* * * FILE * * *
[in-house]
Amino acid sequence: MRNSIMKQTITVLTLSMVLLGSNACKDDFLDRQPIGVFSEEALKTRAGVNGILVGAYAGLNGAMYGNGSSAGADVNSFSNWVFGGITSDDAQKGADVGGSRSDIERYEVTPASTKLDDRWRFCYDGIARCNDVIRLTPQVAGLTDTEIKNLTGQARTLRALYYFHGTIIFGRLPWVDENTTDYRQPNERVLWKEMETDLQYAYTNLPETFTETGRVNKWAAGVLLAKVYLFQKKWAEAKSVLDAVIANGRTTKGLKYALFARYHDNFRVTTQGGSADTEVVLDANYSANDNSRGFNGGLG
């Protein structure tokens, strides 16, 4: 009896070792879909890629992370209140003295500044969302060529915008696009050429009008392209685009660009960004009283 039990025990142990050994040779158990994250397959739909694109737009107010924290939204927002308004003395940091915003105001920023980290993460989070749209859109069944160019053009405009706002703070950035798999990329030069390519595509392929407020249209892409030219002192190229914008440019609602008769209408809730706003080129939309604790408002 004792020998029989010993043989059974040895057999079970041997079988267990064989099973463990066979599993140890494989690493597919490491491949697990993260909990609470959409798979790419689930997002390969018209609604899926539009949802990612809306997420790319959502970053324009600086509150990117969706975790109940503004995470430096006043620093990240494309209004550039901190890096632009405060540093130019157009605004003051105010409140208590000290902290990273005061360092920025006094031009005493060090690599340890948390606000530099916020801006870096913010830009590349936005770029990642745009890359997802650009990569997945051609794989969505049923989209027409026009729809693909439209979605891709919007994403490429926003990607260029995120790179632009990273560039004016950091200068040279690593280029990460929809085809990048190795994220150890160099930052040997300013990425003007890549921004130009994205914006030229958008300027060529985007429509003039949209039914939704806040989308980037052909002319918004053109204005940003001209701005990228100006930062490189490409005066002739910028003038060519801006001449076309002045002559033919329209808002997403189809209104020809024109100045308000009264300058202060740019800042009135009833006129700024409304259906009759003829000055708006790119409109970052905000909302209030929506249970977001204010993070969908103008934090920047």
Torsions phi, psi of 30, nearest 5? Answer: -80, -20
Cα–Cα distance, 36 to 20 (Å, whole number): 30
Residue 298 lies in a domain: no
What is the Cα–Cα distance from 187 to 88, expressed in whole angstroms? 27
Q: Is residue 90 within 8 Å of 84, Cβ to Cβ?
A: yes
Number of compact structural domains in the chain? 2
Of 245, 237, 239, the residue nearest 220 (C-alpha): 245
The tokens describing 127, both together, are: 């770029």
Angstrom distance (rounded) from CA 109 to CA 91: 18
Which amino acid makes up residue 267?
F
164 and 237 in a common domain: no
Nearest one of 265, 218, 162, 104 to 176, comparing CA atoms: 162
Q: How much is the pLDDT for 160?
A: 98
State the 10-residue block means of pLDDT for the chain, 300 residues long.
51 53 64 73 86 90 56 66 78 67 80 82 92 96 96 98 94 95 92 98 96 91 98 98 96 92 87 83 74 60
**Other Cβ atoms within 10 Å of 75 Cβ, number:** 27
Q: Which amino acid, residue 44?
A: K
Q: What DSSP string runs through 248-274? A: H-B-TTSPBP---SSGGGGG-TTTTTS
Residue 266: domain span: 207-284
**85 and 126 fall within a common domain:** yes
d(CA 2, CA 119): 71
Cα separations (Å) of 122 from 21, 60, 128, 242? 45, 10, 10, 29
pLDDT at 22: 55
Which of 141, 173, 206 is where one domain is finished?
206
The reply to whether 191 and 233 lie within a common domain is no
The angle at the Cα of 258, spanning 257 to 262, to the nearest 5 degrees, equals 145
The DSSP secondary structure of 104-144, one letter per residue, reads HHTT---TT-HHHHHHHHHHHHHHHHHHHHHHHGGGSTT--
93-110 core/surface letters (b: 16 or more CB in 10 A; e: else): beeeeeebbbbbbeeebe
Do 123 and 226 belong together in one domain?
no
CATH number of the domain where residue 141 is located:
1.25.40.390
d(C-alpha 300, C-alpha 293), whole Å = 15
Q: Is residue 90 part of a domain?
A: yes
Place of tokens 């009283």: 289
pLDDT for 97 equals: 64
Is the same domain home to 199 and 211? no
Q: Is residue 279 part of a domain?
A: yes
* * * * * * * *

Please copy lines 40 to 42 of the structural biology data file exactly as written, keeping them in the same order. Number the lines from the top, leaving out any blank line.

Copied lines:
1.25.40.390
d(C-alpha 300, C-alpha 293), whole Å = 15
Q: Is residue 90 part of a domain?